Biomedicines ◽  
2022 ◽  
Vol 10 (1) ◽  
pp. 158
Author(s):  
Ming-Jen Lee ◽  
Inyoul Lee ◽  
Kai Wang

The development of new sequencing technologies in the post-genomic era has accelerated the identification of causative mutations of several single gene disorders. Advances in cell and animal models provide insights into the underlining pathogenesis, which facilitates the development and maturation of new treatment strategies. The progress in biochemistry and molecular biology has established a new class of therapeutics—the short RNAs and expressible long RNAs. The sequences of therapeutic RNAs can be optimized to enhance their stability and translatability with reduced immunogenicity. The chemically-modified RNAs can also increase their stability during intracellular trafficking. In addition, the development of safe and high efficiency carriers that preserves the integrity of therapeutic RNA molecules also accelerates the transition of RNA therapeutics into the clinic. For example, for diseases that are caused by genetic defects in a specific protein, an effective approach termed “protein replacement therapy” can provide treatment through the delivery of modified translatable mRNAs. Short interference RNAs can also be used to treat diseases caused by gain of function mutations or restore the splicing aberration defects. Here we review the applications of newly developed RNA-based therapeutics and its delivery and discuss the clinical evidence supporting the potential of RNA-based therapy in single-gene neurological disorders.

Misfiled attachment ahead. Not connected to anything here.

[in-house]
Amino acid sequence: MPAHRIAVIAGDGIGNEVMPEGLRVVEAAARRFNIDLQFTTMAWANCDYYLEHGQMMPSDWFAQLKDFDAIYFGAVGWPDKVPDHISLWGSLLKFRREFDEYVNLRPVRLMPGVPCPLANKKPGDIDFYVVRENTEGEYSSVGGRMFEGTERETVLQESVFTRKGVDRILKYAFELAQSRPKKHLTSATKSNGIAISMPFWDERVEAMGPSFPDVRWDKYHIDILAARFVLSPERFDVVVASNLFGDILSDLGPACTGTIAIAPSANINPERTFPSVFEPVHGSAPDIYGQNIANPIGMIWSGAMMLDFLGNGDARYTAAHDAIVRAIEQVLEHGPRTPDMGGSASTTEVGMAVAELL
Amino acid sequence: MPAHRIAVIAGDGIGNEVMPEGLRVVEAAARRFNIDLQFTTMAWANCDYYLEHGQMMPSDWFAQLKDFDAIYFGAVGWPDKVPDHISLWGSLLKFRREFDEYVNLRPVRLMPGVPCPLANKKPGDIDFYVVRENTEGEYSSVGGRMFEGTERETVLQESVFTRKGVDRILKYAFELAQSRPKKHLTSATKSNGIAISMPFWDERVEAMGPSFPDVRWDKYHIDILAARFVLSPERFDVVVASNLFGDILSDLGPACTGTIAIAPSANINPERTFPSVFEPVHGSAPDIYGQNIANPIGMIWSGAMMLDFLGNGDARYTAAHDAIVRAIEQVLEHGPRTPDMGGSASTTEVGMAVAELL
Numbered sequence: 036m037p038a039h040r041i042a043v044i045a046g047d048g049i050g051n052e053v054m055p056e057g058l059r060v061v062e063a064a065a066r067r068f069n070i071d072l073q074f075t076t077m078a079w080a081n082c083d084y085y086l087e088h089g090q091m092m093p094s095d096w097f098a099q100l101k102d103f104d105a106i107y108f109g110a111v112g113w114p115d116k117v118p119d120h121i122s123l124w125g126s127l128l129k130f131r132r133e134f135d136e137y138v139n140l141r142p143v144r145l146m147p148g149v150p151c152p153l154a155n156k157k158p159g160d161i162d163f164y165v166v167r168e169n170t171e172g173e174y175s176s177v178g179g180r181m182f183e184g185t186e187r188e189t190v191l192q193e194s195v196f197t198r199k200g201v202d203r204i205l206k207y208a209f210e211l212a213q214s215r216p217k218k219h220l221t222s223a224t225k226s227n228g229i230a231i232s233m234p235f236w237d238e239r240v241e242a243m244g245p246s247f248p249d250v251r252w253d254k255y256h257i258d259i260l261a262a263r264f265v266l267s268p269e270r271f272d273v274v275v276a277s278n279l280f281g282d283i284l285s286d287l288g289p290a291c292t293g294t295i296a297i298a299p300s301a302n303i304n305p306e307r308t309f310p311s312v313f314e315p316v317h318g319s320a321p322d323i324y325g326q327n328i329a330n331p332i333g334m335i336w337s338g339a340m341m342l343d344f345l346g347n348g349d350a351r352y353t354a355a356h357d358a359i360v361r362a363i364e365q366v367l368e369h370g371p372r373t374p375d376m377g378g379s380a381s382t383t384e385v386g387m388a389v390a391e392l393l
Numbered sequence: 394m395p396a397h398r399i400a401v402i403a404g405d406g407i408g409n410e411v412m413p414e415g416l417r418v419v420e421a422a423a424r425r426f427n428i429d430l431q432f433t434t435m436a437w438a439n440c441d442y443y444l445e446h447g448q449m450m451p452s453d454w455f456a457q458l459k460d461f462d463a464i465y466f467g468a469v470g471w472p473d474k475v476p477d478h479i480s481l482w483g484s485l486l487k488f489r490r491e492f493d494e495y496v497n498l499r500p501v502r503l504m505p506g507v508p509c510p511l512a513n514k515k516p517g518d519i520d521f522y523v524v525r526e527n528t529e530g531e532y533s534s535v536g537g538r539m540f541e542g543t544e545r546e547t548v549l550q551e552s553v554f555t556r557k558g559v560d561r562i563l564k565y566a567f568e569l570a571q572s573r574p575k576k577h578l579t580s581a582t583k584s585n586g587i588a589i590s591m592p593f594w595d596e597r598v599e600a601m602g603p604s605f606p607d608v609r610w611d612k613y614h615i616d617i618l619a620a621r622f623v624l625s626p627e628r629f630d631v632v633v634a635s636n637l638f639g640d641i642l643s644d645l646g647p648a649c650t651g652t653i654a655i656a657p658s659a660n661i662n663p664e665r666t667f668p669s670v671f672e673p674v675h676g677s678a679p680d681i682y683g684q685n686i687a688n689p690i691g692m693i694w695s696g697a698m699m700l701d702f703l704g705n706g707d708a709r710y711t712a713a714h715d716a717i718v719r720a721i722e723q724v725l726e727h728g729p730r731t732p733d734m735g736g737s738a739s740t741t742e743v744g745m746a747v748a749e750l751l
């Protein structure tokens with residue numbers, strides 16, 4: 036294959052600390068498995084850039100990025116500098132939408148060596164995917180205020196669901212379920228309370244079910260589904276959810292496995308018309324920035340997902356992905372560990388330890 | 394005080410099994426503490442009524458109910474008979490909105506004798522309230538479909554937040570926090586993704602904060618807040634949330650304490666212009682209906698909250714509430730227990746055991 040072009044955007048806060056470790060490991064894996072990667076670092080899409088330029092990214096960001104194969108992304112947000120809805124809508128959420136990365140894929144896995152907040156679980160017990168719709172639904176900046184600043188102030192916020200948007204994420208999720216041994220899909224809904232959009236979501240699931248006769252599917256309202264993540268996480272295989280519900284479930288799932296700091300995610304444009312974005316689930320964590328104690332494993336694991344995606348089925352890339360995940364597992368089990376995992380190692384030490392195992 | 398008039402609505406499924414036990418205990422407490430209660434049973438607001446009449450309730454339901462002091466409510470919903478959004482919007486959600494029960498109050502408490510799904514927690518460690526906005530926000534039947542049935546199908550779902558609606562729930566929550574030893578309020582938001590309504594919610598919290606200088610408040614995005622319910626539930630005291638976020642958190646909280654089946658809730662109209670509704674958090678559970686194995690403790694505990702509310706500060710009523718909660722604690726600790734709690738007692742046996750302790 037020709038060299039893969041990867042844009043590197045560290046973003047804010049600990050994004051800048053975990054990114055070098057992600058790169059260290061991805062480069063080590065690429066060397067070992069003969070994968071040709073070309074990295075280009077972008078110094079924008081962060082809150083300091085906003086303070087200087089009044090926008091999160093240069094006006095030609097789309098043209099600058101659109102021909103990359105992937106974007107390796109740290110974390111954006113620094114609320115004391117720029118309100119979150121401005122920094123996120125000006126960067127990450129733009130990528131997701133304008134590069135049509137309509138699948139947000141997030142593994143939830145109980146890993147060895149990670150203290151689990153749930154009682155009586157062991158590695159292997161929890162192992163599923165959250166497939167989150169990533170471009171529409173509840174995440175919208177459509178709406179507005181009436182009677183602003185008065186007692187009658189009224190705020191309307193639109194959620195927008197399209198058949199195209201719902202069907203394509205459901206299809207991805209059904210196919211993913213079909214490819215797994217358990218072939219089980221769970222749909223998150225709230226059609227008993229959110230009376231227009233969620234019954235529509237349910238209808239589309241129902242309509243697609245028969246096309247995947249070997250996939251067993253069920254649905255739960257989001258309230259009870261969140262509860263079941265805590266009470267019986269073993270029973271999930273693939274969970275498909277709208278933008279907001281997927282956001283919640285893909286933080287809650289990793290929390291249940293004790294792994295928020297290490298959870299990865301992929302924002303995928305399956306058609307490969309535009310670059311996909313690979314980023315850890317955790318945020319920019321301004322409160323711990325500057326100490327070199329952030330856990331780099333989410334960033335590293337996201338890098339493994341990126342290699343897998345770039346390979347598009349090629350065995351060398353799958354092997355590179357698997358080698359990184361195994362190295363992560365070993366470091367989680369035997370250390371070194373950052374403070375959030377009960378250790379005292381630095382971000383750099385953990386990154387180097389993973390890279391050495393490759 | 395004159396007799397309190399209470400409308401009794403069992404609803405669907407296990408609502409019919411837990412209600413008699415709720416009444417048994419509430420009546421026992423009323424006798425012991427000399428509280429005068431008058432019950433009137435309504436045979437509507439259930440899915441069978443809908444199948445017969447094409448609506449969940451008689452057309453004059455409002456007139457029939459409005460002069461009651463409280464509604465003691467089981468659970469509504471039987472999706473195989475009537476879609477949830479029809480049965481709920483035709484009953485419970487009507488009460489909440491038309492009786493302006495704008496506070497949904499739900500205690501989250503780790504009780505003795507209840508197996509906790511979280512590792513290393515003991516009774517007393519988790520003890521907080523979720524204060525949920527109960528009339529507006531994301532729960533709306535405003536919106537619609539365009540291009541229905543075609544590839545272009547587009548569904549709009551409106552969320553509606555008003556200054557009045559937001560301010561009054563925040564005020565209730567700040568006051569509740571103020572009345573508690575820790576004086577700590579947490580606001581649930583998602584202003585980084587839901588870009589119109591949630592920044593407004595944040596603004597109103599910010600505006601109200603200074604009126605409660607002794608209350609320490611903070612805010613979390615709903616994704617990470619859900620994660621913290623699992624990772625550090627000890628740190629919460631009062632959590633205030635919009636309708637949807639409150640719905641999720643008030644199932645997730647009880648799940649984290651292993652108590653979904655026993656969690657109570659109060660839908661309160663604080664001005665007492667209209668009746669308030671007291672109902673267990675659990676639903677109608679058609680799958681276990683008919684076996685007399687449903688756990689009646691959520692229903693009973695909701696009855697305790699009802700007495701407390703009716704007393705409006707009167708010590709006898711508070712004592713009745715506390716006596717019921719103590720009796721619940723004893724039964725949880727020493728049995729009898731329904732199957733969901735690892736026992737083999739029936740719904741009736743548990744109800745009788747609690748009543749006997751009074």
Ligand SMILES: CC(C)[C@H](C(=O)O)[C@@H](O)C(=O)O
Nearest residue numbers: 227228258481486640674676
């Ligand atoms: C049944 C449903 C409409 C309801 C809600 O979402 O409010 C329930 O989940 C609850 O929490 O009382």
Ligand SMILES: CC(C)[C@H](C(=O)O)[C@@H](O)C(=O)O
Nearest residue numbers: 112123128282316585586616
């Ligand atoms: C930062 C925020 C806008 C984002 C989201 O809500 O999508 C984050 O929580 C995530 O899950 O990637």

2022 ◽  
Vol 23 (2) ◽  
pp. 784
Author(s):  
Mingwei An ◽  
Xueling Chen ◽  
Zhuhong Yang ◽  
Jianyu Zhou ◽  
Shan Ye ◽  
...